Our data indicate that the LXRα selective agonist AZ876 does not significantly counteract cognitive decline or reduce Aβ plaque load in APPswePS1ΔE9 mice. However, no active LXR signaling was found in the CNS of AZ876 treated animals, which suggest poor CNS bioavailability of AZ876 and consequently does not allow us to conclude that LXRα activation does not impact AD pathology. On the other hand, while both LXRα and LXRβ are expressed in the murine CNS, expression of LXRβ is 15-fold higher compared to LXRα56,57. Hence, the relative contribution of LXRα activation upon full-LXR agonist treatment is therefore expected to be limited. The latter studies may suggest that the beneficial impact of pan-LXR agonists on cognitive decline in AD models likely relies on LXRβ activation.

Synthetic LXR agonists that reduce AD pathology and improve cognitive performance induce hypertriglyceridemia and liver steatosis2,13,14,24,25,27,28,29,30. Sargassum fusiforme supplementation counteracted cognitive decline of APPswePS1ΔE9 transgenic mice without inducing hepatic steatosis. This may be explained by selective hepatic LXRβ activation, since animals fed AZ786 (2 mg/kg body weight) displayed a marked increase of liver lipid droplets, indicative of liver steatosis. Alternatively, the presence of other protective compounds present in Sargassum fusiforme such as fucosterol may prevent hepatic steatosis11. This is supported by the observation that activation of LXRβ by synthetic agonists was also reported to induce plasma and hepatic hypertriglyceridemia58.

We show that dietary supplementation with crude or lipid extract of Sargassum fusiforme reduces Aβ load in AD mice. Our in vitro data indicate that factors released by 24(S)-Saringosterol-treated astrocytes promote microglial clearance of Aβ1–42. Within the brain, astrocytes are the major source of the LXR response gene Apoe. ApoE is well-known to increase microglial clearance of Aβ59, possibly via inhibiting cellular uptake of Aβ60. Of interest, 24(S)-Saringosterol and a lipid extract of Sargassum fusiforme increased ApoE protein expression in astrocytes and the CNS respectively, which suggests a role for ApoE in the observed increase in microglial Aβ clearance. In addition, we provide evidence that 24(S)-Saringosterol decreases the release of Aβ by neurons in vitro. Together, these findings indicate that 24(S)-Saringosterol impacts both the clearance and generation of Aβ42. These findings are of particular interest, as beneficial effects of LXR agonists on cognition are not necessarily accompanied by a reduced Aβ plaque load14,41. Recently, it has been reported that other constituents of Sargassum fusiforme, such as fucosterol, fucoidan, and fucoxantin improve learning and memory deficiencies in pharmacological models for cognitive impairment61,62,63. Although synergism among constituents of Sargassum fusiforme is likely, future studies should determine whether 24(S)-Saringosterol is sufficient to improve cognitive performance and AD pathology.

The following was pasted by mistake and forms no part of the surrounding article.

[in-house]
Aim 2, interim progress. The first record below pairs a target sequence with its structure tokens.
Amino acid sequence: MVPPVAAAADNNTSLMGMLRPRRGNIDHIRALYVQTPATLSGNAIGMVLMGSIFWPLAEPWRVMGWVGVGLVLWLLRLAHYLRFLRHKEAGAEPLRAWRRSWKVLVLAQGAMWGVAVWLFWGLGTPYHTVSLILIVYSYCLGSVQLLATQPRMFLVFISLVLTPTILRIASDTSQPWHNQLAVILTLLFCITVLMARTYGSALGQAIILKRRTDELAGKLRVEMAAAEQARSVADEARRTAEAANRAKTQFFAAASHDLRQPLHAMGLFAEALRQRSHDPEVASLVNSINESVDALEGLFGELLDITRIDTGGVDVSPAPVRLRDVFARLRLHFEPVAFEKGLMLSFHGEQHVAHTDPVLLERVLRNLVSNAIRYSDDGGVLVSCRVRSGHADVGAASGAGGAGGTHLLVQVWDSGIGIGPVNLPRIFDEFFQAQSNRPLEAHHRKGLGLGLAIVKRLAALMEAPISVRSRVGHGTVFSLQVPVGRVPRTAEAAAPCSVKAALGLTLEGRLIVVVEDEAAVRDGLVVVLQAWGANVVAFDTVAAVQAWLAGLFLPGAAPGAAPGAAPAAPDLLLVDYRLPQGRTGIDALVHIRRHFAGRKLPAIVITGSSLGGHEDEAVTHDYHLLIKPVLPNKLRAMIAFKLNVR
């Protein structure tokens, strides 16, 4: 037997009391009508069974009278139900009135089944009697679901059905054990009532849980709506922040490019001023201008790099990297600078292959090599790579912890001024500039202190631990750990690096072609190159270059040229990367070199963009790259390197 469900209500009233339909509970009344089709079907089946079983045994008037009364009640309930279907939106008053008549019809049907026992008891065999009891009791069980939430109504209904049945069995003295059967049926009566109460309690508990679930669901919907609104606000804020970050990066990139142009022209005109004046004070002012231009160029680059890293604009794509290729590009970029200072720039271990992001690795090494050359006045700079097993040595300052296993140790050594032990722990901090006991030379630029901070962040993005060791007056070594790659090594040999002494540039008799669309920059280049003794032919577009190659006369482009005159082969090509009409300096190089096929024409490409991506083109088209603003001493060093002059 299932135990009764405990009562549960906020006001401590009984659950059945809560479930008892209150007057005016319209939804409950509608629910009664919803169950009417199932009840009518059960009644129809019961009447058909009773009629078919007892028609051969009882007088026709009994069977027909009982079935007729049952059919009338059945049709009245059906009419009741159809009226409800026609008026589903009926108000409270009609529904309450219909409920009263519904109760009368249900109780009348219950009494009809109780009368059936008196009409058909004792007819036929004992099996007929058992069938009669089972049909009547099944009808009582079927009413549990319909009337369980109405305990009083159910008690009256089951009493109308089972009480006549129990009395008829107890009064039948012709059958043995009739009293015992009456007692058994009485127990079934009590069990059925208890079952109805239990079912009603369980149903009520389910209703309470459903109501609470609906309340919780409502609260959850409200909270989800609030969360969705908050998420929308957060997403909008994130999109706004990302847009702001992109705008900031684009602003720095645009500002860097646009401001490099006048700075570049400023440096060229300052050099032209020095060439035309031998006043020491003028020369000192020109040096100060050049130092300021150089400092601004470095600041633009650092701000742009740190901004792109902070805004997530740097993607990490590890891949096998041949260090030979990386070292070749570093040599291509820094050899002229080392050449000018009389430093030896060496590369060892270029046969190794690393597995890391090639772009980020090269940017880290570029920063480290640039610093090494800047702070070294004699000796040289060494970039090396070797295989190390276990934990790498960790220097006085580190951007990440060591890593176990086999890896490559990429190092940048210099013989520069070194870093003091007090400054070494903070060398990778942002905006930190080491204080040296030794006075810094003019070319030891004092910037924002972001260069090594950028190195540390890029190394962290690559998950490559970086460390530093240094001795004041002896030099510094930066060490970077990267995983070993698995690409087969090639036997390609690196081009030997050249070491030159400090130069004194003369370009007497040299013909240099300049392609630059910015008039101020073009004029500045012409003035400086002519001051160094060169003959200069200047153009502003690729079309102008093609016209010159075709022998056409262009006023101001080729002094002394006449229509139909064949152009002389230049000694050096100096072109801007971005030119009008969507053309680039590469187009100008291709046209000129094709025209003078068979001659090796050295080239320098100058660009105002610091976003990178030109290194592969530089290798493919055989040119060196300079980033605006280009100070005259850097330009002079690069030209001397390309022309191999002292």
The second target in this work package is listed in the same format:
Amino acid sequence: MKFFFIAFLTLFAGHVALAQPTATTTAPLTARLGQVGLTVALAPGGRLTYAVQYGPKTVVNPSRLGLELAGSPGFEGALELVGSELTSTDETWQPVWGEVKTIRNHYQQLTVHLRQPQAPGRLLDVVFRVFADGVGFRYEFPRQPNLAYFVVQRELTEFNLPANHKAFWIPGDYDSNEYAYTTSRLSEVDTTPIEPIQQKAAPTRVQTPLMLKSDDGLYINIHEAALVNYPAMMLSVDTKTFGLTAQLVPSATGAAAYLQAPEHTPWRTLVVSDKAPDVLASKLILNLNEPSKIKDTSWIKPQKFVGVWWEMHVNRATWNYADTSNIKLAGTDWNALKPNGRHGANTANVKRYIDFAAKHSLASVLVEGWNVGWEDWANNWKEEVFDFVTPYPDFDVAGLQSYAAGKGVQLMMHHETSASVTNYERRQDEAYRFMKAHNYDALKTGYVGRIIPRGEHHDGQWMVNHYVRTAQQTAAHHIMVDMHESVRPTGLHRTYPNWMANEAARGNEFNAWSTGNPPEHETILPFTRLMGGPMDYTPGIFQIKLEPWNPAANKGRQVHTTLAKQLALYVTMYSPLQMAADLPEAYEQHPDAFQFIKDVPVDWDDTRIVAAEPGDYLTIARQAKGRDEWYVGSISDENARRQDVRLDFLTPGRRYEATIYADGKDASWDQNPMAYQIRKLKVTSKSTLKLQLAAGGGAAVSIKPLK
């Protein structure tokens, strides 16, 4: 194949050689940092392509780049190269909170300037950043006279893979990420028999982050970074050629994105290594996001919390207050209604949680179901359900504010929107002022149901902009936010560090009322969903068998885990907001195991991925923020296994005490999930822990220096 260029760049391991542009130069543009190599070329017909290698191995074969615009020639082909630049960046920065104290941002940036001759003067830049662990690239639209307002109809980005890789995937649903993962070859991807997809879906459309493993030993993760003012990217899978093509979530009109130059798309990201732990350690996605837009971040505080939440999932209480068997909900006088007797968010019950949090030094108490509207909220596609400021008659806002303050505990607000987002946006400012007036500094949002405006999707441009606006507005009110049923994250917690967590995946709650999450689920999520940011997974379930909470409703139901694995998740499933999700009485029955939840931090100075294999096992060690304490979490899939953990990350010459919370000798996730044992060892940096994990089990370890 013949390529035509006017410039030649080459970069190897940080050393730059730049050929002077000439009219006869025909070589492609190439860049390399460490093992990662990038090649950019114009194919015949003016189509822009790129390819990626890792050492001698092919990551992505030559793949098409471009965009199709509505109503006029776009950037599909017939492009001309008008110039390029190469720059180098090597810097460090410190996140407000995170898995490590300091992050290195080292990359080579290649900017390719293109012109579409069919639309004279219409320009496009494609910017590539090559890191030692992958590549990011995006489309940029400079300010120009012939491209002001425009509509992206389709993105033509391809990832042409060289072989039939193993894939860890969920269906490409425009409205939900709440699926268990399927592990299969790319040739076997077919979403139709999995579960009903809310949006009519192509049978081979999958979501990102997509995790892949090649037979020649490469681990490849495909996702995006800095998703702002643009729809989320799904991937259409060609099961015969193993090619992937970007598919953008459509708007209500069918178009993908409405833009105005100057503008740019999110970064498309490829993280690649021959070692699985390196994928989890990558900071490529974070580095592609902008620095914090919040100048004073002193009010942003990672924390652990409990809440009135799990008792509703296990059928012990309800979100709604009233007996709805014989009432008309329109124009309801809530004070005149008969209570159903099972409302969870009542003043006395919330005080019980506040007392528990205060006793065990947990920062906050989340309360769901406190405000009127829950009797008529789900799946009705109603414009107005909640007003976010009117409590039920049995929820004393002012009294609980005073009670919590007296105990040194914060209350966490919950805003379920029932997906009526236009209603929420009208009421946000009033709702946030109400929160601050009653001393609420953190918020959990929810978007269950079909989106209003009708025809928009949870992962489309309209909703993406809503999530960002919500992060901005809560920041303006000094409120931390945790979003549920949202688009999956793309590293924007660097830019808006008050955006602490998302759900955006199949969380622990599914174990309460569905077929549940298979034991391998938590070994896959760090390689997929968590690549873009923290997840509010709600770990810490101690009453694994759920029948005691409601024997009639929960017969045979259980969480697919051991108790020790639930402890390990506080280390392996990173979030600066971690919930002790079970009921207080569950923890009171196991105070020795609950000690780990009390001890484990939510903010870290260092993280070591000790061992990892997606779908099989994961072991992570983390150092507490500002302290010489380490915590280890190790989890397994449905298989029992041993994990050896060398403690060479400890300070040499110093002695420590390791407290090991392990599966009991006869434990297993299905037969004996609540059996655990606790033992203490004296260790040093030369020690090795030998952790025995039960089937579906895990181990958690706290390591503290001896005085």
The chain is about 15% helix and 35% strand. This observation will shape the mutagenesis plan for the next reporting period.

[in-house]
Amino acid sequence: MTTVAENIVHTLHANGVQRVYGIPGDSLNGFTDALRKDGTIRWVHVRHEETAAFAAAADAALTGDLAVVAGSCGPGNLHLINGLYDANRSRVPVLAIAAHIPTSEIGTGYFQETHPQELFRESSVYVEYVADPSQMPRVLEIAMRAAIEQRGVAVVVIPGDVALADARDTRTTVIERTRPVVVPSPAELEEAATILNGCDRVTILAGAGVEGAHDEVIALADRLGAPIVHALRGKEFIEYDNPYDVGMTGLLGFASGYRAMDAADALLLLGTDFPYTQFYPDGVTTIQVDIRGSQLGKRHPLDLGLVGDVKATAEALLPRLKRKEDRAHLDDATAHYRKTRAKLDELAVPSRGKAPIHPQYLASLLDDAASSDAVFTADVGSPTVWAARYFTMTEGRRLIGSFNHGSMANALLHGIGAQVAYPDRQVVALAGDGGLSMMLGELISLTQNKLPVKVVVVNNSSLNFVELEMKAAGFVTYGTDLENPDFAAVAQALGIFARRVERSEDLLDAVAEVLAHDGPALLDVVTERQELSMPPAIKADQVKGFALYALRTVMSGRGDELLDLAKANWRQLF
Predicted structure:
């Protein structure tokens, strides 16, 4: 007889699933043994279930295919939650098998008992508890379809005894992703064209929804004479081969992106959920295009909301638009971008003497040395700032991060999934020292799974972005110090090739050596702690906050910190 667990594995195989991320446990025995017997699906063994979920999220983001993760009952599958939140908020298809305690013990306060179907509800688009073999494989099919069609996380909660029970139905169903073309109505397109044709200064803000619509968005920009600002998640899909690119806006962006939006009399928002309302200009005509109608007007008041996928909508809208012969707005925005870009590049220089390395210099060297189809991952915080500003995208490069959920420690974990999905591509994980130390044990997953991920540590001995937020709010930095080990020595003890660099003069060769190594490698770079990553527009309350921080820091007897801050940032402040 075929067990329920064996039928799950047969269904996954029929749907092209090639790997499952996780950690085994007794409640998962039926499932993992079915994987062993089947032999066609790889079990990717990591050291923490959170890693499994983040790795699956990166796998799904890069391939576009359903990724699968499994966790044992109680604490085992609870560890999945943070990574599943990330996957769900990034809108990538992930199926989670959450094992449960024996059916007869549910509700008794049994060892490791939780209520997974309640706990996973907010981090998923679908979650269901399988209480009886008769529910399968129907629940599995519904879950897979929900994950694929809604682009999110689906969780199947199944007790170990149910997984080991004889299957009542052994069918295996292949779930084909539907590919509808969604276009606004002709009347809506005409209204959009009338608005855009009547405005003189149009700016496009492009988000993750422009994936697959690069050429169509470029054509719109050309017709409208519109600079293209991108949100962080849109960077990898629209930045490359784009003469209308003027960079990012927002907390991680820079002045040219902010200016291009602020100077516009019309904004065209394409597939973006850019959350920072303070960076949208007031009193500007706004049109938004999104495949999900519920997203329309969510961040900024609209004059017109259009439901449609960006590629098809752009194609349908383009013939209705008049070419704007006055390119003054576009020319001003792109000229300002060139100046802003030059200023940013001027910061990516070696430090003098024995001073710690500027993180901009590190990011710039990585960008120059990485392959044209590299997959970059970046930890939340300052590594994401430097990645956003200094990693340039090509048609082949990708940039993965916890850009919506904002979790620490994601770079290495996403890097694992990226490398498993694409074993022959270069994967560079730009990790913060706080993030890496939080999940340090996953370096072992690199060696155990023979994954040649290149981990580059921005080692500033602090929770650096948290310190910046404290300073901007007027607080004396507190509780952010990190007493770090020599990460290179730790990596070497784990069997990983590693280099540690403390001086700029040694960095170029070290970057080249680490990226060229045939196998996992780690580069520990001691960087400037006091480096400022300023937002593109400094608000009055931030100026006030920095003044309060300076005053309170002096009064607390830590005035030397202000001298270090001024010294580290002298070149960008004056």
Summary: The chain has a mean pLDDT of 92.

Although relatively high levels of arsenic were measured in extracts of Sargassum fusiforme, no arsenic was detectable in lung tissue, which generally represents a major reservoir for this element64. Arsenic present in Sargassum fusiforme may therefore be rapidly excreted, degraded or absorbed in low amounts in the intestine.

In summary, our data indicate that phytosterols present in a Western type diet do not activate LXRs at concentrations that can be reached through dietary supplementation. However, a crude lipid extract of the edible seaweed Sargassum fusiforme did selectively activate LXRβ in vitro. Here, we show for the first time that dietary supplementation with Sargassum fusiforme significantly improves memory performance and reduces Aβ plaque load in a well-established AD model. The accumulation of the natural LXRβ agonist 24(S)-Saringosterol in the CNS suggests its involvement in the neuroprotective impact of Sargassum fusiforme. Collectively, our findings point to 24(S)-Saringosterol-containing Sargassum fusiforme as being a novel candidate for dietary supplementation to prevent or modulate neurodegenerative disorders such as Alzheimer’s disease.

Materials and Methods

Preparation of plant extracts

Indigenous Asian plants (Asparagus racemosus, Azadirachta indica, Cassia fistula, Curcuma aromatica, Datura metel, Piper retrofractum, Sargassum fusiforme, Senna tora, and Terminalia chebula), were selected based on their use in Asian traditional medicine as cognition enhancers. Extracts from all plants, with exception of Sargassum fusiforme, were prepared by the maceration method. All plants were dried in a hot air oven at 50 °C. The dried samples were finely powdered and soaked in 95% ethanol overnight at room temperature and filtered with Whatman filter paper No. 3 (Sigma-Aldrich, Bornem, Belgium). Three consecutive filtrates were pooled and evaporated in a vacuum rotary evaporator at 40 °C. The crude lipid fraction of Sargassum fusiforme was extracted using an adaptation of the Folch method65. Briefly, Sargassum fusiforme was harvested by hand in early spring, washed in sea water, boiled for three hours and dried in a hot air oven. Next, dried Sargassum fusiforme (Clearspring Ltd, London, UK) was soaked overnight at room temperature in a 2:1 (v/v) chloroform and methanol (both VWR, Leuven, Belgium) mixture. The chloroform/methanol extract was evaporated under a N2 stream and the remaining lipid fraction was dissolved in ethanol. Using gas chromatography/mass spectrometry, 24(S)-Saringosterol content of dried Sargassum fusiforme was determined to be 69.4 ng/mg.